I’m working hard to get as many book reviews up as I can before ‘Til Undeath Do Us Part is released on April first. I made the silly mistake of not writing a book review just after I finished reading a book yet before I started reading a new book. Lesson learned, so I’m re-reading several novels that I read over the past month. I will be adding a book review for each here and on Goodreads.
I’m starting my book review blitz with Along Came a Wolf, the first book in Adam Dreece’s emergent steampunk juvenile fiction series: The Yellow Hoods. My book review of the second novel in the Yellow Hoods series, Breadcrumb Trail, will follow this review. The third book in the series, All the King’s Men, is due for release on April fifteenth of this year.
I have to confess that when I started reading the Yellow Hoods series, I was unsure precisely what emergent steampunk meant. As a fiction genre, emergent steampunk is set on the verge of a technological jump to the steampunk era. As Adam Dreece writes:
“Steampunk is a genre usually associated with Jules Verne. It takes a historical period, generally the Victorian era, and adds technologies such as air ships, steam computers or other inventions, as a result the advent of the steam engine.”
Steampunk and emergent steampunk are appealing science fiction sub-genres. Because Jules Verne is considered a master of science fiction and because steampunk is based on his science fiction, I consider both of these genres to be part of science fiction. Both genres are concerned with technological futures which could have been. To me, that’s the essence of science fiction.
Author Adam Dreece adds an unexpected layer to the genre by incorporating themes from nursery rhymes and fairy tales. With his clever and humorous storytelling fueling this genre mash-up, I believe Mr. Dreece blends these two disparate genres quite successfully.
Along Came a Wolf follows twelve-year-old Tee “LaLa” Baker and her friends, twelve-year-old Elly and thirteen-year-old Richy. Together, they are the Yellow Hoods in this seminal novel of the series. Tee’s maternal grandfather is Nikolas Klaus–a charming blend of childhood icon Santa Claus and inventor Nikola Tesla. On the way to deliver a red box to her grandfather, Tee discovers three local brothers robbing a man on horseback. Tee rescues the man, Andre LeLoup, from the Cochon brothers. She and Andre LeLoup part ways, and she travels to her grandfather Nikolas’s home. LeLoup shows up at Nikolas Klaus’s home while Tee is there. He threatens both then delivers a letter to Nikolas. So begins a mystery to be solved by the three friends known as the Yellow Hoods, named for the hooded cloaks they wear.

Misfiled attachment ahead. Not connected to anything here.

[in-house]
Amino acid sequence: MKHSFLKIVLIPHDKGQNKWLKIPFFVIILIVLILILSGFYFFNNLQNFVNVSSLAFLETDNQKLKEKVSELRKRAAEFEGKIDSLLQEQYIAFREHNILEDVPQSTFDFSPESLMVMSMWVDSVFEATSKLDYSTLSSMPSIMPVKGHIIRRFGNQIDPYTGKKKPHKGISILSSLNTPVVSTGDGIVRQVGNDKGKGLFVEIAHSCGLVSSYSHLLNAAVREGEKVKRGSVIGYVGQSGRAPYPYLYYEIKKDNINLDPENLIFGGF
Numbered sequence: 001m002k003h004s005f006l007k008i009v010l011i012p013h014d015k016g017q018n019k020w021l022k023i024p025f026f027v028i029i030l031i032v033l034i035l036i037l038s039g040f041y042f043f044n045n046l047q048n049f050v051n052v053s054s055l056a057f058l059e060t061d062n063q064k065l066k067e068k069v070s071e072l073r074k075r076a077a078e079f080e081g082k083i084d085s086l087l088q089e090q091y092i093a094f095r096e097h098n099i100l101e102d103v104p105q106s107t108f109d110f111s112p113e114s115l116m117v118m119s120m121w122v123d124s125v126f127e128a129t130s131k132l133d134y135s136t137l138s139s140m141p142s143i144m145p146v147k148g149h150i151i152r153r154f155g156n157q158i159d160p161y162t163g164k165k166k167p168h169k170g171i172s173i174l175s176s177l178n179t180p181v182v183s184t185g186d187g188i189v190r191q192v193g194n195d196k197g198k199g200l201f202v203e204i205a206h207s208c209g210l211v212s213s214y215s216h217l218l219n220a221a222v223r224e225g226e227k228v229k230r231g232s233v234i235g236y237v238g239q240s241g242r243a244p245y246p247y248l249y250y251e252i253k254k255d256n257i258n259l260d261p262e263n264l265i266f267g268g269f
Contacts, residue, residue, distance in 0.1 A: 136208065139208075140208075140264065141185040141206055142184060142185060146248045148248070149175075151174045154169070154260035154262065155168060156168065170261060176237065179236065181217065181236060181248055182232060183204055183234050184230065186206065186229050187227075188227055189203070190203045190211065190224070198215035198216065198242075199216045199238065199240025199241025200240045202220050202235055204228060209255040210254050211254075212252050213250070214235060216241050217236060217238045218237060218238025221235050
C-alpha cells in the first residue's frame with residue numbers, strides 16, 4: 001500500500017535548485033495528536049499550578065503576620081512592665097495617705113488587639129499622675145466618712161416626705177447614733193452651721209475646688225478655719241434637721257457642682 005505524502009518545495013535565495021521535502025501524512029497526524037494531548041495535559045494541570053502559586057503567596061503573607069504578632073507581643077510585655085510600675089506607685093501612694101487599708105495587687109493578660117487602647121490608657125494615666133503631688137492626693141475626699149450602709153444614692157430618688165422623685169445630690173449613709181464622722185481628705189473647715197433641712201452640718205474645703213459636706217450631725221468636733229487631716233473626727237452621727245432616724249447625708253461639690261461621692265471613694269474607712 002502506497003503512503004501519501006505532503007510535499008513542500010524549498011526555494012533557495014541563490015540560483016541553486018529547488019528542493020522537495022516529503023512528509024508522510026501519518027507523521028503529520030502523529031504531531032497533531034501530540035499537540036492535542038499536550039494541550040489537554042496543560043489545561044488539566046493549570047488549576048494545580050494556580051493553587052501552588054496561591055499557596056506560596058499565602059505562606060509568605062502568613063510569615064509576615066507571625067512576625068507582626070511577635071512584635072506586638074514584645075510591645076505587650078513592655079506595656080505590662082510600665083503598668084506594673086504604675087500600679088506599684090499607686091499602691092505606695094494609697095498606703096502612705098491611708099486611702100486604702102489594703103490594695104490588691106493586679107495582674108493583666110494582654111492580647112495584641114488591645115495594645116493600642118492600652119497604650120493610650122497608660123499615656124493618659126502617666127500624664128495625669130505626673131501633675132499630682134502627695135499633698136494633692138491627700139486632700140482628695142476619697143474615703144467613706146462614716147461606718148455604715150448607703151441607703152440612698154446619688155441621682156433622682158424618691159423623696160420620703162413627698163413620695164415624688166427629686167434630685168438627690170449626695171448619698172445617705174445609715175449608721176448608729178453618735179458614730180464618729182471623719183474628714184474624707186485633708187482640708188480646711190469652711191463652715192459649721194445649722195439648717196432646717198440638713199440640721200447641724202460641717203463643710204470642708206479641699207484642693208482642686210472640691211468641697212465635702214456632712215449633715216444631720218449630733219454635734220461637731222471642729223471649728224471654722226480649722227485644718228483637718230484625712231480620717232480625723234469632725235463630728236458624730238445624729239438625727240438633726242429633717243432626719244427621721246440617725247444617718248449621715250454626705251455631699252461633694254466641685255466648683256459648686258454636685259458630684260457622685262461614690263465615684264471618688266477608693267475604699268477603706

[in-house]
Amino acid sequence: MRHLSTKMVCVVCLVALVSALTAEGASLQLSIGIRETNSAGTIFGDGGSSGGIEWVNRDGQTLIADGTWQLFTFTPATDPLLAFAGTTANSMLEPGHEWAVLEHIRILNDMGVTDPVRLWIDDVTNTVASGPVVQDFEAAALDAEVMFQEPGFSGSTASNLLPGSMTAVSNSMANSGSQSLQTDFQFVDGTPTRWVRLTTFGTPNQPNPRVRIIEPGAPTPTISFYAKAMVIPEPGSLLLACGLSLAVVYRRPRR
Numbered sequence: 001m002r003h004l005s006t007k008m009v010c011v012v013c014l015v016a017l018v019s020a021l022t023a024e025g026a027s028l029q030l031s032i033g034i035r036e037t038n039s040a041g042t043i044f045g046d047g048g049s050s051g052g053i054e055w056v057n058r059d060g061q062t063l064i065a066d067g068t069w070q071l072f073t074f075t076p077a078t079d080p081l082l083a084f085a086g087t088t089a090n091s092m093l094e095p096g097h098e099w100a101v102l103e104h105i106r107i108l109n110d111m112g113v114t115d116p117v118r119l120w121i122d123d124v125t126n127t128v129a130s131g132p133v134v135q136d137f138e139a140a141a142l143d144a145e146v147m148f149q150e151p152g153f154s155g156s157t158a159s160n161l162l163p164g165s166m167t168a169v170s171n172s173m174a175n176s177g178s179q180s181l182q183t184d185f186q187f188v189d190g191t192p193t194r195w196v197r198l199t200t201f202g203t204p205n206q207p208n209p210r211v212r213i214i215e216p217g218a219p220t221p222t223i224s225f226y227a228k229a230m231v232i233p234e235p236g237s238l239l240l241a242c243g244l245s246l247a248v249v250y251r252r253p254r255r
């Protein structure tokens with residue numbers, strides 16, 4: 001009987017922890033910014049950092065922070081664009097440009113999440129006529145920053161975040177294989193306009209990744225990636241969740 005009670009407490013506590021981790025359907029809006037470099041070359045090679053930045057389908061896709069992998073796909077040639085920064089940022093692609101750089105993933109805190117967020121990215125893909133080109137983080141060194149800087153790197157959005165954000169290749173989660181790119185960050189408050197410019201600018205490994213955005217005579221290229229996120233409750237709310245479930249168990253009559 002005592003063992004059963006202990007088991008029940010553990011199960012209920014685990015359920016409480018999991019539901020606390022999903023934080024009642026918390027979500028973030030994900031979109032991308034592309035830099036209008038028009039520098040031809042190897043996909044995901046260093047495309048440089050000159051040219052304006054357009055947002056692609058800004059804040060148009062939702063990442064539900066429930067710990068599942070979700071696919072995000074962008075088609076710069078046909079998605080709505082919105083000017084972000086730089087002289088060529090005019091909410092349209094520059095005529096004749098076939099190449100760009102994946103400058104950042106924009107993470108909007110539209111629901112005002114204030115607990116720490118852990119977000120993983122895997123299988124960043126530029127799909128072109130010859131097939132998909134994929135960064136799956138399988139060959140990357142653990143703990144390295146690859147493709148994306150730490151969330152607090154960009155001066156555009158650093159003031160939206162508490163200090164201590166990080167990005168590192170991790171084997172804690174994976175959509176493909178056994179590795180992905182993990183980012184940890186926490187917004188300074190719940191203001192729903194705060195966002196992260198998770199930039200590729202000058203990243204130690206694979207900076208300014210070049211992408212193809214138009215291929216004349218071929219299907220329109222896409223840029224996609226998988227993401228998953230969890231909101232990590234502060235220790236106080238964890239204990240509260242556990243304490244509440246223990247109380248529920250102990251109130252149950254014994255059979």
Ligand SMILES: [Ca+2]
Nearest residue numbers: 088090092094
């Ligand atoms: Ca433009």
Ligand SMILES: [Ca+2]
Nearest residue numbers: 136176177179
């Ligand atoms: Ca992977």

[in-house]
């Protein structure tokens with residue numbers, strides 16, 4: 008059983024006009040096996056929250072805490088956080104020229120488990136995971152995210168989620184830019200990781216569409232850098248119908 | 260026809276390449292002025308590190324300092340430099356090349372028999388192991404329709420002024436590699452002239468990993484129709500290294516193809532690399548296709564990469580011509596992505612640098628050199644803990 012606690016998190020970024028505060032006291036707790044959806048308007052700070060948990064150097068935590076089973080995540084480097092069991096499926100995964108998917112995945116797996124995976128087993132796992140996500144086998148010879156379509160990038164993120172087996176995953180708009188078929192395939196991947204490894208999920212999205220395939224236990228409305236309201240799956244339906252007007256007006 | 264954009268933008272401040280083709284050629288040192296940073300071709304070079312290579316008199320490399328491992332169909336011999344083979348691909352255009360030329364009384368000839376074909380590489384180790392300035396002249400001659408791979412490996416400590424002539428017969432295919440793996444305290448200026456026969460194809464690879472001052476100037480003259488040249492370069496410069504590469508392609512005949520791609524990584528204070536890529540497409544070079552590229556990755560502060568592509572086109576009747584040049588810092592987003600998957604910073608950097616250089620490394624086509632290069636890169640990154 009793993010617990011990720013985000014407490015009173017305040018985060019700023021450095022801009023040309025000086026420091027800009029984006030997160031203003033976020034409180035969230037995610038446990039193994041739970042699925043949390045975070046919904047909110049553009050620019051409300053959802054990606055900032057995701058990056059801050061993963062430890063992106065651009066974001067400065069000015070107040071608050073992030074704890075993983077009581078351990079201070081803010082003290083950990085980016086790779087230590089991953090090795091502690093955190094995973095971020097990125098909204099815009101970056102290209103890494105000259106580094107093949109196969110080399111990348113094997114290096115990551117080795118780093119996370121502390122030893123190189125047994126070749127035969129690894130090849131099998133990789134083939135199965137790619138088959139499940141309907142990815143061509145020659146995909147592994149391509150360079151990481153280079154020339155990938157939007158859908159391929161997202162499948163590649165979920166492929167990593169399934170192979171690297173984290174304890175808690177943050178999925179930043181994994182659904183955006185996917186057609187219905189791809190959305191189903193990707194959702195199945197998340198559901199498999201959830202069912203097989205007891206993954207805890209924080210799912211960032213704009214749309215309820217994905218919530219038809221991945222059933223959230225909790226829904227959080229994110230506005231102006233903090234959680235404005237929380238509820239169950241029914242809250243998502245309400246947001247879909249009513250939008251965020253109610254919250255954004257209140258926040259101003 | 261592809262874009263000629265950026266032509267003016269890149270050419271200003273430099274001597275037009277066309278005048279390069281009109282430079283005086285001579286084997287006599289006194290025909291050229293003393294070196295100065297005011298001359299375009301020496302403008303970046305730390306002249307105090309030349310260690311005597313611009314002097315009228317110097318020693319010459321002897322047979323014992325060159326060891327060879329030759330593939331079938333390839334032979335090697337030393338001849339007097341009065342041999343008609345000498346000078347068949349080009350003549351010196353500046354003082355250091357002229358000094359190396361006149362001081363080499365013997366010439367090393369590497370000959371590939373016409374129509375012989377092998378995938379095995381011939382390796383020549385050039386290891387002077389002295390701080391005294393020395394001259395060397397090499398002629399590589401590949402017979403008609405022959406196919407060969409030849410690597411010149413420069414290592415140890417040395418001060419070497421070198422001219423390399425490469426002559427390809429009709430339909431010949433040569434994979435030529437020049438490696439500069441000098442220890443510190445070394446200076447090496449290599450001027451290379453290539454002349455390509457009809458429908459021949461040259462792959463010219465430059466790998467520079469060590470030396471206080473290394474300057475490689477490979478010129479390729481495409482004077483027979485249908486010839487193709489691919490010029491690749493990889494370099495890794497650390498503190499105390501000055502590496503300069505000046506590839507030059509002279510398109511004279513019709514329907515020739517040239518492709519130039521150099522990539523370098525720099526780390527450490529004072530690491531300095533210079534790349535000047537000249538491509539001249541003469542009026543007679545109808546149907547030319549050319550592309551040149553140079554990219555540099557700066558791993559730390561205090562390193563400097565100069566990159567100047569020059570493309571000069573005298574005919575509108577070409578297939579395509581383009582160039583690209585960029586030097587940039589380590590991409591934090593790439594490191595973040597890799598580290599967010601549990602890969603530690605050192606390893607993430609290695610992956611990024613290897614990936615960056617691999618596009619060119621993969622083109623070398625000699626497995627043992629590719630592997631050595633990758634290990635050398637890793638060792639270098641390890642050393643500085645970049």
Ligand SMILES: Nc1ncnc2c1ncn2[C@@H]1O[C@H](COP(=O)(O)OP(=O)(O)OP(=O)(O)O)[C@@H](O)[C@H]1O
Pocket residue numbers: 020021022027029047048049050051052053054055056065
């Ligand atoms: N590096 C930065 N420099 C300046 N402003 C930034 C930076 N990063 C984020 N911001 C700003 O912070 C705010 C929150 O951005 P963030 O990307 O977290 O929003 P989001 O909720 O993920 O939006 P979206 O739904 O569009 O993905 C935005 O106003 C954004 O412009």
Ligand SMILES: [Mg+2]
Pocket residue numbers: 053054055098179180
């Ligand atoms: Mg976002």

As the first novel in the Yellow Hoods series, Along Comes a Wolf is a great introduction to Adam Dreece’s fictional world. The characters are rich and vibrant, and the mystery which drives the plot is exciting. Despite the peril faced by the characters, Dreece’s adventure-loaded story is balanced with levity and silliness. The characters and emergent technology evolve with the plot, and the novel delivers a tantalizing glimpse of what is to come in the series.
Unfortunately, the story flow gets broken up by regular flashbacks. While Dreece segues his flashbacks well, it can make the narrative confusing and even jarring at times. The narrator is omniscient, so the reader is moved between characters and their internal narratives as the story develops. Quite a lot of backstory is introduced through characters’ internal conflict and flashbacks. However, the flashbacks and the internal narratives develop a richness and depth to the characters who populate Adam Dreece’s world. My second read of Along Came a Wolf cleared up a lot of the confusion I had after my first read of the novel.
The first book in the Yellow Hoods series is a novel for smart eight-to-twelve-year-olds–based on the protagonists’ ages and my personal experience that kids prefer to read about characters a little older than they are. Though some juvenile and young adult fiction purists may say the language is too advanced for kids that age, I disagree. The first full-length novel I read was J.R.R. Tolkien’s The Hobbit, and I read that at eight years old. Author Adam Dreece’s delightful tale is a rollicking ride on a sail-cart through his wonderful world, which cleverly combines nursery rhymes and steam engines. Along Came a Wolf is a grand adventure to read aloud as a family or for tween-aged readers to read for themselves.
Along Came a Wolf earns four, five-toothed brass gears from me.